What Is Travellers’ Diarrhoea?

What Is Travellers’ Diarrhoea?

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If you’re a keen traveller, you might be no stranger to the dreaded travellers’ diarrhoea. This is when you get diarrhoea within ten days of travelling to an area of the world that has poor sanitation and hygiene. Anybody can experience it, even if they make positive lifestyle changes to stop bloating and digestive issues whilst they’re travelling the world.

While exploring new areas of the world is exhilarating and enables you to create long-lasting memories, it’s not so fun when diarrhoea strikes. In this article, we’re going to give some top tips on how to avoid traveller’s diarrhoea with helpful lifestyle changes and natural remedies. First, let’s cover what travellers’ diarrhoea is and what causes it.

What Is Travellers’ Diarrhoea?

Travellers’ diarrhoea refers to the development of chronic loose stools that occur when a person is travelling. More specifically, it is diagnosed when an individual has three bouts of watery stools within 24 hours. It’s especially common in those who travel to countries within Africa, Asia, Central and South America, and The Middle East, as many countries within these continents have poor public hygiene and sanitation.

The symptoms of travellers’ diarrhoea can vary from person to person, but the most common and general symptoms you can expect if you’re dealing with this issue include:

  • Bloating and indigestion (which is often mistaken as travel bloat)
  • Nausea and vomiting
  • Abdominal pain
  • Loose stools and increased bowel frequency
  • Blood in the stool (haematochezia)
  • Urgency when going to the toilet
  • Extreme fatigue
  • Fever (high temperature and excessive sweating)

What Causes Travellers’ Diarrhoea?

Travellers’ diarrhoea develops within ten days of travelling to another country and can last for several days before resolving on its own. In severe cases, it may require medical intervention with antibacterial, antiviral, or anti-parasitic medications and rehydration solutions.

This relatively common condition that affects up to 60% of travellers is caused by consuming foods or drinks that are contaminated with bacteria, viruses, or parasites. These pathogenic microorganisms can disrupt the balance between good and bad bacteria in your gut microbiome, causing increased fluid loss and poor nutrient absorption.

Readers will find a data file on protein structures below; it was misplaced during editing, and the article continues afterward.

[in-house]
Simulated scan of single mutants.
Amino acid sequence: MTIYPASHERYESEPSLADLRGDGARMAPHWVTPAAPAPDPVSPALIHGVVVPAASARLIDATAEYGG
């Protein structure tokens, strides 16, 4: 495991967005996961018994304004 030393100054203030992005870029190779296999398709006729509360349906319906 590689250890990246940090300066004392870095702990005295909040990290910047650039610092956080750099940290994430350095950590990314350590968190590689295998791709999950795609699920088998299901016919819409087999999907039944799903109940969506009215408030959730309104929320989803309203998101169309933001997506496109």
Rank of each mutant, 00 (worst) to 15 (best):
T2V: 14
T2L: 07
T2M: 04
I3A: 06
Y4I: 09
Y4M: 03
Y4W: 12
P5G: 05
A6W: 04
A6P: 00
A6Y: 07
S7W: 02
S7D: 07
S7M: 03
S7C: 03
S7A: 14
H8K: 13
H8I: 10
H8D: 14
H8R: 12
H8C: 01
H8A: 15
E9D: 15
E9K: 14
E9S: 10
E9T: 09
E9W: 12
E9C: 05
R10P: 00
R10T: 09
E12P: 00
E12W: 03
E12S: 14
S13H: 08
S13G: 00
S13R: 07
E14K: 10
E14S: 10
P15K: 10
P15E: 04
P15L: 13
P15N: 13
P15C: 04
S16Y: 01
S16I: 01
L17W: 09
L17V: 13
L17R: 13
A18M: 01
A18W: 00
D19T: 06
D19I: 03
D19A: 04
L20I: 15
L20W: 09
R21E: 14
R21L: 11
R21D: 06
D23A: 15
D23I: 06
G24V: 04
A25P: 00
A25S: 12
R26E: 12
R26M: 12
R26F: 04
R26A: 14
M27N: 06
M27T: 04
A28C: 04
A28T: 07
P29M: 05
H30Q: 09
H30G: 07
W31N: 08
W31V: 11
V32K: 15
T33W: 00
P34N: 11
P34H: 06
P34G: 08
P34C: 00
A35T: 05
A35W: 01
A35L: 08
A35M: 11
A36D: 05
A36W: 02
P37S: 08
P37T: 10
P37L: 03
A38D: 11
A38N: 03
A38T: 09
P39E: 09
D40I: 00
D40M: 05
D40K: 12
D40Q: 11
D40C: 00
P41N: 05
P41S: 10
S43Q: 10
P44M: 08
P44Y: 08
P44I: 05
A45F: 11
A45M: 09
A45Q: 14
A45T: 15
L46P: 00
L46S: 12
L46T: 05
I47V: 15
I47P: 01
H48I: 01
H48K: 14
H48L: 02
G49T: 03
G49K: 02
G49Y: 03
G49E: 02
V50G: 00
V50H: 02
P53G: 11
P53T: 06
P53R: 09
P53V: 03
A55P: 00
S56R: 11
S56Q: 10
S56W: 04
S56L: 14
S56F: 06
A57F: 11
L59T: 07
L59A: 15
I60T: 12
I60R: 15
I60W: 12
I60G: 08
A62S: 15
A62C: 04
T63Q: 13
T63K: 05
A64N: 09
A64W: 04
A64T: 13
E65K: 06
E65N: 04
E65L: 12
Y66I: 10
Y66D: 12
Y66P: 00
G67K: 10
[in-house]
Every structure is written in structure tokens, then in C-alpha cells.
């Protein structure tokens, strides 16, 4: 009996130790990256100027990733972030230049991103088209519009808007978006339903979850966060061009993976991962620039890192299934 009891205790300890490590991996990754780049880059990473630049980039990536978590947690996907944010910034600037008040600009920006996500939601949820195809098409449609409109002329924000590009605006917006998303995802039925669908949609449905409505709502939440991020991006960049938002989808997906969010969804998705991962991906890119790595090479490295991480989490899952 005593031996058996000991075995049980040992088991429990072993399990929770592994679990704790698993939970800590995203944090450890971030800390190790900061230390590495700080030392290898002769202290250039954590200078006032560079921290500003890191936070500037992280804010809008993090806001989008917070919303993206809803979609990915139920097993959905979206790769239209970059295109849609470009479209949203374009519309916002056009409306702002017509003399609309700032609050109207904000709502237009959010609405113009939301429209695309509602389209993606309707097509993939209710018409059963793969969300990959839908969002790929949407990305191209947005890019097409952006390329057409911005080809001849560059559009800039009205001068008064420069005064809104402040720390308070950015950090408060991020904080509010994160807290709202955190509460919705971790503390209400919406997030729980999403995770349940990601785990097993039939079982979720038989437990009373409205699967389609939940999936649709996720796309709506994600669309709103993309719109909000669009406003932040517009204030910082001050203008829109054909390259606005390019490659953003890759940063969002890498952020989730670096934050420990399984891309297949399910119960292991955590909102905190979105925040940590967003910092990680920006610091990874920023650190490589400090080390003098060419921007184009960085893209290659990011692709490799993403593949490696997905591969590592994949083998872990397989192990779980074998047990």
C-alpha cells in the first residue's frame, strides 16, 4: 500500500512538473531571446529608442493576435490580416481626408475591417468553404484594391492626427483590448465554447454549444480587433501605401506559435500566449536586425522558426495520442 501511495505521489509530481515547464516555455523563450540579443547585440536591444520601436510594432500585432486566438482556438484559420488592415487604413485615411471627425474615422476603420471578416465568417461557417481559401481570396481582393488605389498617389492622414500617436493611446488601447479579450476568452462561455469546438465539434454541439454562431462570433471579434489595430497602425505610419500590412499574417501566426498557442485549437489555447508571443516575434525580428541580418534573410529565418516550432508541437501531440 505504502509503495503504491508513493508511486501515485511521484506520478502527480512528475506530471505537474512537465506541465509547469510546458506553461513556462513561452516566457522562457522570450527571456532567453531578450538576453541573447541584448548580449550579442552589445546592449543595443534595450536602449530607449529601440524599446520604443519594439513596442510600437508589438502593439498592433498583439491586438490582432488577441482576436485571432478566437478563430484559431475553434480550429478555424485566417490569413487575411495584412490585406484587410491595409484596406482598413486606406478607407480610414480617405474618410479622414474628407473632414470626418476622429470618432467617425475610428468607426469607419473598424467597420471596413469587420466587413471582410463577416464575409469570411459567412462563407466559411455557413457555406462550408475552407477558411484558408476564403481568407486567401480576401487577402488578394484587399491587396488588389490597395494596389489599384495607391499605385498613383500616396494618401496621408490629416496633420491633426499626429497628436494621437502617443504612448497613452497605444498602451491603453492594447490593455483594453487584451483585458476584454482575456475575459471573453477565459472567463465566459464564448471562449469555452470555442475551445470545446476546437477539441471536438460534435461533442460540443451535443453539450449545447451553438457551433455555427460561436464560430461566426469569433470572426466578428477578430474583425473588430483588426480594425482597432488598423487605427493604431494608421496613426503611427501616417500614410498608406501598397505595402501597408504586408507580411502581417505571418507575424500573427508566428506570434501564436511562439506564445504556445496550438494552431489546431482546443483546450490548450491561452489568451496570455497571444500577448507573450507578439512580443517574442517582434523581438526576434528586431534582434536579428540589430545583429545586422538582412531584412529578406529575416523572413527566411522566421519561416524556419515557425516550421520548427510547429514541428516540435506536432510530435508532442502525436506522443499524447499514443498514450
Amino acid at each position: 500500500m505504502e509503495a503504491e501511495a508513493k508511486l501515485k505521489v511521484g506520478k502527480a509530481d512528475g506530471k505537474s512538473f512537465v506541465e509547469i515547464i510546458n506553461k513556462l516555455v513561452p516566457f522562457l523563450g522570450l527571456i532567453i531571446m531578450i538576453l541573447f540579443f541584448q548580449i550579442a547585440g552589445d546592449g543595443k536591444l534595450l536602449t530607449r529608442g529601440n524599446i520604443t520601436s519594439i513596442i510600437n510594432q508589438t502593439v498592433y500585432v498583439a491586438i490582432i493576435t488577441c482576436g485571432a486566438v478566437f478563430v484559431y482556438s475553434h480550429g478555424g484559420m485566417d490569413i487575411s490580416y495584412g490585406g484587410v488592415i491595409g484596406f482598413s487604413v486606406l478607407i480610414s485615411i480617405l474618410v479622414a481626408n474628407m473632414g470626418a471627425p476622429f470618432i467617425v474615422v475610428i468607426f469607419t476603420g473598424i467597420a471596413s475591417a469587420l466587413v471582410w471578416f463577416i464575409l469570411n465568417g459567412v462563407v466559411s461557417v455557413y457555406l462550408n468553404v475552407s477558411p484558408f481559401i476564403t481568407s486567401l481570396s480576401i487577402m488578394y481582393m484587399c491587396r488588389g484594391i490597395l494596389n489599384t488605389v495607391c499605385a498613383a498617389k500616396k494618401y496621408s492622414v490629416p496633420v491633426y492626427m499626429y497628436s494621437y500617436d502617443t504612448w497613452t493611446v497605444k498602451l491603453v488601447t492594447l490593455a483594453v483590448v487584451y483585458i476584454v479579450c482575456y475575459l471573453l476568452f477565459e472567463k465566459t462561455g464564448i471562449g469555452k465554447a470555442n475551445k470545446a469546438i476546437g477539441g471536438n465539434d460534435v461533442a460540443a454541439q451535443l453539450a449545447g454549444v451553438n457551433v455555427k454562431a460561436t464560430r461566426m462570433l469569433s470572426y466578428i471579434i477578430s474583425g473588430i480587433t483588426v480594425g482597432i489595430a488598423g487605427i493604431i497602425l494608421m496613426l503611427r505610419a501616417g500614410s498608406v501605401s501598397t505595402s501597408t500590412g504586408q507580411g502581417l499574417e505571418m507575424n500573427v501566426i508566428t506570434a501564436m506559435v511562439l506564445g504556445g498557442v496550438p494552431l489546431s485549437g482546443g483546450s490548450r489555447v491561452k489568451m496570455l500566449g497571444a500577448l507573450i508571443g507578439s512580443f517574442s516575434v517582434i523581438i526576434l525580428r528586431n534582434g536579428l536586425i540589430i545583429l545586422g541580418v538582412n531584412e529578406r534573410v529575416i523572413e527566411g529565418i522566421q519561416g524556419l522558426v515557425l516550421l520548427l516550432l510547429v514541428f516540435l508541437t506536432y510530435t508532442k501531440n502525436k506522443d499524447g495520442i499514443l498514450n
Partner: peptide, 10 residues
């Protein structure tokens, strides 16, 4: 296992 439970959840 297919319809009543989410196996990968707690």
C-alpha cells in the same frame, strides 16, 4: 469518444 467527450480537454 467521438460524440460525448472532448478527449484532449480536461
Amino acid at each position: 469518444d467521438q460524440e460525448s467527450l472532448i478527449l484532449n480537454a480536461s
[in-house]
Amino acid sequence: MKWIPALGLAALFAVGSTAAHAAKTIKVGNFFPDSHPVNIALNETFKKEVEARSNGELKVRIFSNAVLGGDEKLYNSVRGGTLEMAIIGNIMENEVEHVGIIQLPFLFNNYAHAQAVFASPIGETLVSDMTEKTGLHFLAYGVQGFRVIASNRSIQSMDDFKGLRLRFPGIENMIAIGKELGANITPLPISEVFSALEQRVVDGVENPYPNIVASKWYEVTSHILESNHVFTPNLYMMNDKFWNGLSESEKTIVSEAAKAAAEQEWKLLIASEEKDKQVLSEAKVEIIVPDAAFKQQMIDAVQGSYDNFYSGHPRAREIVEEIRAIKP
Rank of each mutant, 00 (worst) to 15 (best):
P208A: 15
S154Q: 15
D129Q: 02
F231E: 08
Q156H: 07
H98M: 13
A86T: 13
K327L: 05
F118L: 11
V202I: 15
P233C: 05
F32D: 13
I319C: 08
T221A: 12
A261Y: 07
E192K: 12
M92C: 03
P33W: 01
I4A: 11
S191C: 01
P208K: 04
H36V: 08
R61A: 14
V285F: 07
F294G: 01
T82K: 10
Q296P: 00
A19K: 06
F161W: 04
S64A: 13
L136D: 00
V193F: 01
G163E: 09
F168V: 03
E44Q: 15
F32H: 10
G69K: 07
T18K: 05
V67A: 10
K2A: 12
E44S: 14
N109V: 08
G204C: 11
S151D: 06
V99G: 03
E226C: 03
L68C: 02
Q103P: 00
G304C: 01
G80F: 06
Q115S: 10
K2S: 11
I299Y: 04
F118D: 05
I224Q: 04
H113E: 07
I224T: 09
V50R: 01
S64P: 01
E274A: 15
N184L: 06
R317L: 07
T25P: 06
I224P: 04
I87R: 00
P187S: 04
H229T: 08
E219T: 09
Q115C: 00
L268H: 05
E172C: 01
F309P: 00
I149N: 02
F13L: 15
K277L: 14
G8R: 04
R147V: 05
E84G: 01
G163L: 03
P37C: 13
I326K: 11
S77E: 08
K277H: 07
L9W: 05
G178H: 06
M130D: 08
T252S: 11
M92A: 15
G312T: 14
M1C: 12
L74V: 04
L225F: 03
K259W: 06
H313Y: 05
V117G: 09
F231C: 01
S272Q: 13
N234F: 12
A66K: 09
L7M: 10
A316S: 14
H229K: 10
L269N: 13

Around 90% of travellers' diarrhoea cases are caused by bacteria. It's mostly enterotoxigenic Escherichia coli (E. coli) that is to blame for travellers' diarrhoea, but Salmonella, Shigella, Campylobacter, and Vibrio species of bacteria can also cause this issue. Some viruses, such as norovirus, and parasites, mainly Giardia intestinalis, are additional recognised causes of travellers' diarrhoea.

If you’ve eaten street food or have eaten in a stranger’s house or at a lodge, you are putting yourself at risk of travellers’ diarrhoea. If you’re taking medications for your stomach or colon, or if you’ve recently had gastrointestinal surgery, you’re more at risk of developing digestive issues after consuming contaminated foods or drinks.

Transmission of Travellers’ Diarrhoea

Travellers’ diarrhoea is most commonly spread by faecal-oral transmission, meaning when a traveller consumes food or water that is contaminated with faeces that contain either a bacteria, virus, or parasite that impacts the digestive system.

Most travellers will experience symptoms between six and 24 hours after they’ve consumed something that has been contaminated by bacteria or virus, and up to three weeks after being infected by a gastrointestinal parasite.

Depending on the causative agent (the species of bacteria, virus, or parasite that a traveller has consumed), the mode of infection varies. In some cases, the pathogen decreases the ability of the intestinal mucosa (intestinal wall) to absorb nutrients and fluids. In turn, this leads to an increase in gastrointestinal output and diarrhoea. Others cause the intestinal mucosa to become inflamed. and some severe infections can lead to the destruction of the mucosa altogether.

How Can I Avoid Travellers’ Diarrhoea?

Unfortunately, you can’t always avoid travellers’ diarrhoea. Many travellers get sick regardless of taking precautions with their eating and drinking choices.

The main issue is the lack of sanitation in third-world countries, and there’s very little you can do about this as an individual. Reducing the prevalence of travellers’ diarrhoea requires wide-scale changes and improvements in the living conditions and sanitation of many countries across the world.